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‘Significant detriment and harm’: Regulator takes a sharp eye to timeshare advice

ASIC has indicated it is actively monitoring the timeshare industry and will take action against an alleged rogue operator, after a recent report found purchasers of timeshare products felt pressured by sales tactics and did not understand they were receiving financial advice.

Appearing at a parliamentary committee hearing on Friday, ASIC deputy chair Karen Chester said while the regulator’s planned consultation on regulatory changes in the timeshare sector had been sidelined by the COVID pandemic, it was still “monitoring” practices and would “make a determination as to whether the industry is behaving”.

“We did a substantive paper towards the end of 2019 and had findings of significant detriment and harm, and that informed work we were planning to do to consult further on what policy changes may need to be implemented,” Ms Chester said.

“We have made public that there is an investigation underway, and as the industry knows we are investigating one major operator in respect of its advice and sales practices and we expect to file proceedings in court.”

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ASIC’s Report 642 into consumers’ experiences with timeshare indicated that despite timeshare schemes falling under financial services licensing obligations, consumers were unaware they were receiving advice when being sold the products, with few recalling whether they received an SOA and none saying their needs were discussed in the process.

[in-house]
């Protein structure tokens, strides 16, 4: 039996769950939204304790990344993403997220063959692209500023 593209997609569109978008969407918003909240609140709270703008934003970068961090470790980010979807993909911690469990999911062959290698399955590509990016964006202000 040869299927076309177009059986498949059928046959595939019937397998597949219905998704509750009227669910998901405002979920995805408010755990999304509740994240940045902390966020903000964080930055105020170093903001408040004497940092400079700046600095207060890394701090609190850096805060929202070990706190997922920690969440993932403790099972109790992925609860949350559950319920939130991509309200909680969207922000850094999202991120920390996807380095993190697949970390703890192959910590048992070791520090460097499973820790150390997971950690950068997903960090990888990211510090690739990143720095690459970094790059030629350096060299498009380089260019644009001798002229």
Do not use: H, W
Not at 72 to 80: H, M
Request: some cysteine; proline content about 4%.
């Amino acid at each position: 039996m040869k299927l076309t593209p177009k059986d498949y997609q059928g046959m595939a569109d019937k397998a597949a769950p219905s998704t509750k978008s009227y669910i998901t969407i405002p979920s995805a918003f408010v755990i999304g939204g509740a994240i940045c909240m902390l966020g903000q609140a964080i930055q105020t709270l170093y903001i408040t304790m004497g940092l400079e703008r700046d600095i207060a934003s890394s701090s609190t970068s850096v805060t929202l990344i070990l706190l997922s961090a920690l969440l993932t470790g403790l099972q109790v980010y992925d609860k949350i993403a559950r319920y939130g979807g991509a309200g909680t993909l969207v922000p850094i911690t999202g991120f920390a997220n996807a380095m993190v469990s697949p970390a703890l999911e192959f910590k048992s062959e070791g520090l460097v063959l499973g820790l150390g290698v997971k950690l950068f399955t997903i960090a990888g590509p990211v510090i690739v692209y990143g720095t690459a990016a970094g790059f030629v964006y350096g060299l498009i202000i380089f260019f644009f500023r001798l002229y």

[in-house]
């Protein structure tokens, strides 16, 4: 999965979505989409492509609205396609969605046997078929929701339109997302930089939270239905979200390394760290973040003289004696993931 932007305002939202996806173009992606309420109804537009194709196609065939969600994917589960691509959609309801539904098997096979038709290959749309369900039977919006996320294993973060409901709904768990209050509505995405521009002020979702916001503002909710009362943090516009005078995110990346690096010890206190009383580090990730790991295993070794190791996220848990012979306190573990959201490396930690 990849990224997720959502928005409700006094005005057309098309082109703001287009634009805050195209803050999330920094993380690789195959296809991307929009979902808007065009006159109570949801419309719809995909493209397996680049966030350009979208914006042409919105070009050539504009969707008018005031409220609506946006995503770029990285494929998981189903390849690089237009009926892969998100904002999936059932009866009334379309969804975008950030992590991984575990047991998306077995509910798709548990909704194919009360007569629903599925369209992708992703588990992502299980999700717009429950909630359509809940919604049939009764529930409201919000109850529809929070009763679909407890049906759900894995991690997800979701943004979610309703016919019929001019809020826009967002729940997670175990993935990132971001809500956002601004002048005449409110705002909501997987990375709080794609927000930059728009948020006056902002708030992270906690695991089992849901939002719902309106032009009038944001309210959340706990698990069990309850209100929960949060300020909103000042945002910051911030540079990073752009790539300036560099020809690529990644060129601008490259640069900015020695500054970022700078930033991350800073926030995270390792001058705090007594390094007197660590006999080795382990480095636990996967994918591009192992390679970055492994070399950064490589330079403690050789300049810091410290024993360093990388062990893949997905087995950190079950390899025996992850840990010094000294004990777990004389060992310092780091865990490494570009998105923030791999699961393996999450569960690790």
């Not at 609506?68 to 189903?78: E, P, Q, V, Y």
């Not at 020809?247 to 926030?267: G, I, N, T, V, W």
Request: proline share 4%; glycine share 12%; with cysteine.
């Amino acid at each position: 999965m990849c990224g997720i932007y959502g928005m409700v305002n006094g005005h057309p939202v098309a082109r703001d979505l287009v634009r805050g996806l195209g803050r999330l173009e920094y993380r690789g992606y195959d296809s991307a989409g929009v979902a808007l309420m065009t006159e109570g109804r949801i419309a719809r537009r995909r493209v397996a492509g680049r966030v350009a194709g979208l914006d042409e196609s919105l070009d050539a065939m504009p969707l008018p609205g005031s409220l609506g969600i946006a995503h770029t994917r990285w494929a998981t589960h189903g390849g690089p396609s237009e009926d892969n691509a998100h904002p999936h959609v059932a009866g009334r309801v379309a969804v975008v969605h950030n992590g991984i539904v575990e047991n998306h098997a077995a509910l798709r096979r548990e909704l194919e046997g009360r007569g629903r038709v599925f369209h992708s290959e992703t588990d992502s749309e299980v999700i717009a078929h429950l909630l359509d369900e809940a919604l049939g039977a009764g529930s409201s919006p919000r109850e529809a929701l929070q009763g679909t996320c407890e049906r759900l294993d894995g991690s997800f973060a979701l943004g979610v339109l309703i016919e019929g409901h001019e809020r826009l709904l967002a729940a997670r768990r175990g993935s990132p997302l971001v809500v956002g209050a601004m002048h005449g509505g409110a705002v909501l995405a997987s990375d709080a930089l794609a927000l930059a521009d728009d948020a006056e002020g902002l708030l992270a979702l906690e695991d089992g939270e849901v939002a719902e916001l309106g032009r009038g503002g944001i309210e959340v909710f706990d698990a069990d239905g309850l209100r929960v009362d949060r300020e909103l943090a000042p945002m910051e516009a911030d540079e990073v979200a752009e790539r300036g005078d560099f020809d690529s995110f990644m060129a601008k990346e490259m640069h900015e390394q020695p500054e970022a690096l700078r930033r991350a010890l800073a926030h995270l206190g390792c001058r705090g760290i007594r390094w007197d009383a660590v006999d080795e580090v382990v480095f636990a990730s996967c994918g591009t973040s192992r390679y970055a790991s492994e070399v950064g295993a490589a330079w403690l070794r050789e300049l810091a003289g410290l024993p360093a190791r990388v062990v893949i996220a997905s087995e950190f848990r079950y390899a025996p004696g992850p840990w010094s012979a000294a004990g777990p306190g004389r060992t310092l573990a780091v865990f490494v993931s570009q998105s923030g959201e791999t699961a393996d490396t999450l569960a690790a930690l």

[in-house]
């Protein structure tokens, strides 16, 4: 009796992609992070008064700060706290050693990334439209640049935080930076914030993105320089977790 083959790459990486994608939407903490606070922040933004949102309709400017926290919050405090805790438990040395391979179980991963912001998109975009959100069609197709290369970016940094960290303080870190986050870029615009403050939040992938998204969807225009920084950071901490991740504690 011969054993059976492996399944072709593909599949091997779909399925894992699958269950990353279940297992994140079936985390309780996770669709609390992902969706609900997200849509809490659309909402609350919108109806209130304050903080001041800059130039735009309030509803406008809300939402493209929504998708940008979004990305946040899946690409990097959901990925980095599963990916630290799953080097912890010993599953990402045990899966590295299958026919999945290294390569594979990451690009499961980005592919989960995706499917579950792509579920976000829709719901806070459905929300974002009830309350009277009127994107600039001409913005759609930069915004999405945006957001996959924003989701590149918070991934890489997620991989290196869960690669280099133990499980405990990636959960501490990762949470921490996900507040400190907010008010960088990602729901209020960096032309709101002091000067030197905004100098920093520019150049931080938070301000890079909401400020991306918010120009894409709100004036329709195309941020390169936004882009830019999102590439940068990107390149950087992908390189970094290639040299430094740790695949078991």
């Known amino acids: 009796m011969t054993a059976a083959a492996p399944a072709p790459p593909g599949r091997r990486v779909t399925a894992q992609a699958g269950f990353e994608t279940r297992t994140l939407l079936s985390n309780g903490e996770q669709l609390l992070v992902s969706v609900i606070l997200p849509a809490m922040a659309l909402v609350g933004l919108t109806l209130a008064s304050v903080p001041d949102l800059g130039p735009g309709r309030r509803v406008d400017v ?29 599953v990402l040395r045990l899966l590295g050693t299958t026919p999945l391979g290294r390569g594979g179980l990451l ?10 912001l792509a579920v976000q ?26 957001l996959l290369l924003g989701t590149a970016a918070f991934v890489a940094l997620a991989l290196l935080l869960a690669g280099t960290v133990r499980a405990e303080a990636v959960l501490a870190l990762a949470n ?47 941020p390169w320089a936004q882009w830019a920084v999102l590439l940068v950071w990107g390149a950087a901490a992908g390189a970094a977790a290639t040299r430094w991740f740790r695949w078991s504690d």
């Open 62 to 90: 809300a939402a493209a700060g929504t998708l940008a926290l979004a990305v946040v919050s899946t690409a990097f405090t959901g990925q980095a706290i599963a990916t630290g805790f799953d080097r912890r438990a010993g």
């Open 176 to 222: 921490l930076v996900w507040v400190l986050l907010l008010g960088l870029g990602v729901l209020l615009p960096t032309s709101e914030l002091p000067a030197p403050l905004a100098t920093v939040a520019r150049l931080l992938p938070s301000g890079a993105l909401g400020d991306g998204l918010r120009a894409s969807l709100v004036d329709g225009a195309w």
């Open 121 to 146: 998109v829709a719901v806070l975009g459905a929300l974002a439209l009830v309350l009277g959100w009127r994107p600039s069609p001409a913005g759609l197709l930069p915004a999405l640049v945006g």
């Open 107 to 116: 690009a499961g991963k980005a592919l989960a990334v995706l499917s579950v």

The consumer advocacy group Choice also filed a “super-complaint” with the corporate regulator around practices in the timeshare industry in May, with the group’s research revealing one in three consumers were being restricted from exiting timeshare products and 70 per cent said debts from the products were likely to pass across to their children.

Ms Chester said while Choice’s submission had contained “dated information” around consumer experiences, the regulator was keeping a close eye on whether further action needed to be taken to reign in industry practices, after releasing updated regulatory guidance to the sector in December 2020.

“We have heightened the limbo bar with the guidance we put out a few months ago, we have an investigation underway and we’ve made it clear if they don’t clean up their act we will consider if we go to a deferred sales model,” she said.

‘Significant detriment and harm’: Regulator takes a sharp eye to timeshare advice
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